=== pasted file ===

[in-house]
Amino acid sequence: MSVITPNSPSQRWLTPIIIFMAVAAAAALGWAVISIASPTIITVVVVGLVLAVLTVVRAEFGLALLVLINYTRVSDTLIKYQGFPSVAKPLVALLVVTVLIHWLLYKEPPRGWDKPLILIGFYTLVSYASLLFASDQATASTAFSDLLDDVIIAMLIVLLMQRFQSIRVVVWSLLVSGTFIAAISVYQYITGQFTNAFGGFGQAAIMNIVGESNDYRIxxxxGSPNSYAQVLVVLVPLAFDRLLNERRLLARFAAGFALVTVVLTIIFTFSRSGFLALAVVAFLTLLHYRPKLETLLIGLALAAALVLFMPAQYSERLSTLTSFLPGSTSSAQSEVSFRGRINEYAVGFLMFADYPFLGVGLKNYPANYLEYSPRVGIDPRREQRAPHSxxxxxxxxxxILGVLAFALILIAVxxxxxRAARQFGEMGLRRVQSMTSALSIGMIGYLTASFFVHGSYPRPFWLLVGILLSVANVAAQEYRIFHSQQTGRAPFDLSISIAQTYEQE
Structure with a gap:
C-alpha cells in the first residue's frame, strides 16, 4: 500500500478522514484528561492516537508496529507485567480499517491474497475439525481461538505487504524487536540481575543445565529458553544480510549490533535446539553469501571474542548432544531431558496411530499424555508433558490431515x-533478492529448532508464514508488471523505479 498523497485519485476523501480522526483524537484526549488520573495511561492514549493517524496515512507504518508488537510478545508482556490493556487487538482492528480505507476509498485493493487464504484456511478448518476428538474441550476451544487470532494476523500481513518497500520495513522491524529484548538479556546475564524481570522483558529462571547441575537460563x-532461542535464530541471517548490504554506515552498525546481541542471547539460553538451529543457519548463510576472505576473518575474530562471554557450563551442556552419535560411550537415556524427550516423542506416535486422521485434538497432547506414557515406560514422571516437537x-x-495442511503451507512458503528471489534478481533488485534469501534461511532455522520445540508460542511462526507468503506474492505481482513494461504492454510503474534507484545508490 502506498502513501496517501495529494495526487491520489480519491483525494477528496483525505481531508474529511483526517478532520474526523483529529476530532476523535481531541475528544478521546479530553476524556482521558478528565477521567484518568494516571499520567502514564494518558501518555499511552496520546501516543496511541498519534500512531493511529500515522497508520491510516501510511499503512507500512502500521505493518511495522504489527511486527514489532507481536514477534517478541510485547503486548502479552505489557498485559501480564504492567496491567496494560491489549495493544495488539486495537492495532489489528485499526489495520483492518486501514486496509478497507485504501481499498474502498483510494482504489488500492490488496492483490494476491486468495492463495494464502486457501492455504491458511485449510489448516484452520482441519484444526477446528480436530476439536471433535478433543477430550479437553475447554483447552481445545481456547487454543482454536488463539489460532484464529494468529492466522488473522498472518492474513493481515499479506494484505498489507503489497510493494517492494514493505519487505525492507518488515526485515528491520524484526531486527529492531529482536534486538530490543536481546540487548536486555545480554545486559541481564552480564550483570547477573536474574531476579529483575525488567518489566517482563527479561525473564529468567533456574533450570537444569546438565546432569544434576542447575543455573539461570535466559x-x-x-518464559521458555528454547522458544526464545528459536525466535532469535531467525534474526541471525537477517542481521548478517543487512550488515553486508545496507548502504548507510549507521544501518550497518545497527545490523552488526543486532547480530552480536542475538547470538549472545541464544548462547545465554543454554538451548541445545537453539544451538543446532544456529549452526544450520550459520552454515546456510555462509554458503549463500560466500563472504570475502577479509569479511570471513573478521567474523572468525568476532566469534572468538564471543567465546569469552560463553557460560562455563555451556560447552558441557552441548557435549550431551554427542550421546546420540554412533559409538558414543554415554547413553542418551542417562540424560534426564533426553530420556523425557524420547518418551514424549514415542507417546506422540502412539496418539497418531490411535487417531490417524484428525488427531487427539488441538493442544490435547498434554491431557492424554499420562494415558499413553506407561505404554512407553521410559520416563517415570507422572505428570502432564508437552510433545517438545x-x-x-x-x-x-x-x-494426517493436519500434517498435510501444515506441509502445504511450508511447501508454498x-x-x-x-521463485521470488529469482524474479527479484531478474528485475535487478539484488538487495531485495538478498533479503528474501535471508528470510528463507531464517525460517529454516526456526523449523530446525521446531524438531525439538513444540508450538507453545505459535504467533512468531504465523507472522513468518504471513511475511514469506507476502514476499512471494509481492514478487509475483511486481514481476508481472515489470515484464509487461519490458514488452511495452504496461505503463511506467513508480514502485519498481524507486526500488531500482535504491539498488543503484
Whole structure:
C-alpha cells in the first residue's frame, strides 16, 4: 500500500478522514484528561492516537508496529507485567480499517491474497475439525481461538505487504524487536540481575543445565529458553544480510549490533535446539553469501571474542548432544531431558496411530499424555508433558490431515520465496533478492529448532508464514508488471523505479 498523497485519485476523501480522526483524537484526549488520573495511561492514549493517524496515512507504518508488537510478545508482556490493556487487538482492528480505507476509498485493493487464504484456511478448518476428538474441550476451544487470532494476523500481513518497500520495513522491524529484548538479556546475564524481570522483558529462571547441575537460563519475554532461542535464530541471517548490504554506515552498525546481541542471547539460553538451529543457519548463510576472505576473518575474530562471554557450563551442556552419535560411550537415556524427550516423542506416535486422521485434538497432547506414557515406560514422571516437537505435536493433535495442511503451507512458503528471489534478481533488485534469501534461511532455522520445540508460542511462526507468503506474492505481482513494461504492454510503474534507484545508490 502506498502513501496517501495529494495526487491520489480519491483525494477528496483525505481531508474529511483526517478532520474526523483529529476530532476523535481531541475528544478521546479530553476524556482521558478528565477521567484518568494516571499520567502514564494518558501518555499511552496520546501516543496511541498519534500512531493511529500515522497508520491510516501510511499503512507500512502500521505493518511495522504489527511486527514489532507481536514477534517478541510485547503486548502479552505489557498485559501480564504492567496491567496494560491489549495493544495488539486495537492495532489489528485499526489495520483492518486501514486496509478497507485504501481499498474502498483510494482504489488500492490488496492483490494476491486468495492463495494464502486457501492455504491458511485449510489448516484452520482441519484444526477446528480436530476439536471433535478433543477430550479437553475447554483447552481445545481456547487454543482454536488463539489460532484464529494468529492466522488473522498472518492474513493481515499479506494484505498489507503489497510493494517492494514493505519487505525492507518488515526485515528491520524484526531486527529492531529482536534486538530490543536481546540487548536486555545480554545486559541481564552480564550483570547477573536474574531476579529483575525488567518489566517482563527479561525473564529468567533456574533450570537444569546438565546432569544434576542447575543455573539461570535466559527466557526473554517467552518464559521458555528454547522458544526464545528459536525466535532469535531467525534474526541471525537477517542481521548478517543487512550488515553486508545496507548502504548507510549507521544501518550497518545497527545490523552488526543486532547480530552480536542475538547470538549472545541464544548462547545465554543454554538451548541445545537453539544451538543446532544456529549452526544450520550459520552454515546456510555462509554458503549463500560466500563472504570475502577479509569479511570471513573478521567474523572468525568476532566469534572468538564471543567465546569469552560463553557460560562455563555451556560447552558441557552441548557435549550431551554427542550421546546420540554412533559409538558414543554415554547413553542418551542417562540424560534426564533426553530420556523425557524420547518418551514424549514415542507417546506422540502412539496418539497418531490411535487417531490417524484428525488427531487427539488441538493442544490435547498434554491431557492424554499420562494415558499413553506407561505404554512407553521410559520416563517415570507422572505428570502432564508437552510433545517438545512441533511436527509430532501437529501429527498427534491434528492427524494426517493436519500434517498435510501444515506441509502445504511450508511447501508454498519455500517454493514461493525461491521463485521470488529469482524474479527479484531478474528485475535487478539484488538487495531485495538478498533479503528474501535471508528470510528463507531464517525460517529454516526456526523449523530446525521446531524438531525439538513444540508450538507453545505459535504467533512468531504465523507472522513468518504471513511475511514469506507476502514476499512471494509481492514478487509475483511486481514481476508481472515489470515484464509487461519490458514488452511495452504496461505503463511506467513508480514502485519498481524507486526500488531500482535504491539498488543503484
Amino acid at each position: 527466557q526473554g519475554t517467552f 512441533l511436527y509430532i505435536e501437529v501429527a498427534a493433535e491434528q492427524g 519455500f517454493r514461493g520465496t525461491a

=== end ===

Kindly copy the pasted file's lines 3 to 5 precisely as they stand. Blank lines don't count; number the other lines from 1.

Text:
Structure with a gap:
C-alpha cells in the first residue's frame, strides 16, 4: 500500500478522514484528561492516537508496529507485567480499517491474497475439525481461538505487504524487536540481575543445565529458553544480510549490533535446539553469501571474542548432544531431558496411530499424555508433558490431515x-533478492529448532508464514508488471523505479 498523497485519485476523501480522526483524537484526549488520573495511561492514549493517524496515512507504518508488537510478545508482556490493556487487538482492528480505507476509498485493493487464504484456511478448518476428538474441550476451544487470532494476523500481513518497500520495513522491524529484548538479556546475564524481570522483558529462571547441575537460563x-532461542535464530541471517548490504554506515552498525546481541542471547539460553538451529543457519548463510576472505576473518575474530562471554557450563551442556552419535560411550537415556524427550516423542506416535486422521485434538497432547506414557515406560514422571516437537x-x-495442511503451507512458503528471489534478481533488485534469501534461511532455522520445540508460542511462526507468503506474492505481482513494461504492454510503474534507484545508490 502506498502513501496517501495529494495526487491520489480519491483525494477528496483525505481531508474529511483526517478532520474526523483529529476530532476523535481531541475528544478521546479530553476524556482521558478528565477521567484518568494516571499520567502514564494518558501518555499511552496520546501516543496511541498519534500512531493511529500515522497508520491510516501510511499503512507500512502500521505493518511495522504489527511486527514489532507481536514477534517478541510485547503486548502479552505489557498485559501480564504492567496491567496494560491489549495493544495488539486495537492495532489489528485499526489495520483492518486501514486496509478497507485504501481499498474502498483510494482504489488500492490488496492483490494476491486468495492463495494464502486457501492455504491458511485449510489448516484452520482441519484444526477446528480436530476439536471433535478433543477430550479437553475447554483447552481445545481456547487454543482454536488463539489460532484464529494468529492466522488473522498472518492474513493481515499479506494484505498489507503489497510493494517492494514493505519487505525492507518488515526485515528491520524484526531486527529492531529482536534486538530490543536481546540487548536486555545480554545486559541481564552480564550483570547477573536474574531476579529483575525488567518489566517482563527479561525473564529468567533456574533450570537444569546438565546432569544434576542447575543455573539461570535466559x-x-x-518464559521458555528454547522458544526464545528459536525466535532469535531467525534474526541471525537477517542481521548478517543487512550488515553486508545496507548502504548507510549507521544501518550497518545497527545490523552488526543486532547480530552480536542475538547470538549472545541464544548462547545465554543454554538451548541445545537453539544451538543446532544456529549452526544450520550459520552454515546456510555462509554458503549463500560466500563472504570475502577479509569479511570471513573478521567474523572468525568476532566469534572468538564471543567465546569469552560463553557460560562455563555451556560447552558441557552441548557435549550431551554427542550421546546420540554412533559409538558414543554415554547413553542418551542417562540424560534426564533426553530420556523425557524420547518418551514424549514415542507417546506422540502412539496418539497418531490411535487417531490417524484428525488427531487427539488441538493442544490435547498434554491431557492424554499420562494415558499413553506407561505404554512407553521410559520416563517415570507422572505428570502432564508437552510433545517438545x-x-x-x-x-x-x-x-494426517493436519500434517498435510501444515506441509502445504511450508511447501508454498x-x-x-x-521463485521470488529469482524474479527479484531478474528485475535487478539484488538487495531485495538478498533479503528474501535471508528470510528463507531464517525460517529454516526456526523449523530446525521446531524438531525439538513444540508450538507453545505459535504467533512468531504465523507472522513468518504471513511475511514469506507476502514476499512471494509481492514478487509475483511486481514481476508481472515489470515484464509487461519490458514488452511495452504496461505503463511506467513508480514502485519498481524507486526500488531500482535504491539498488543503484
Whole structure: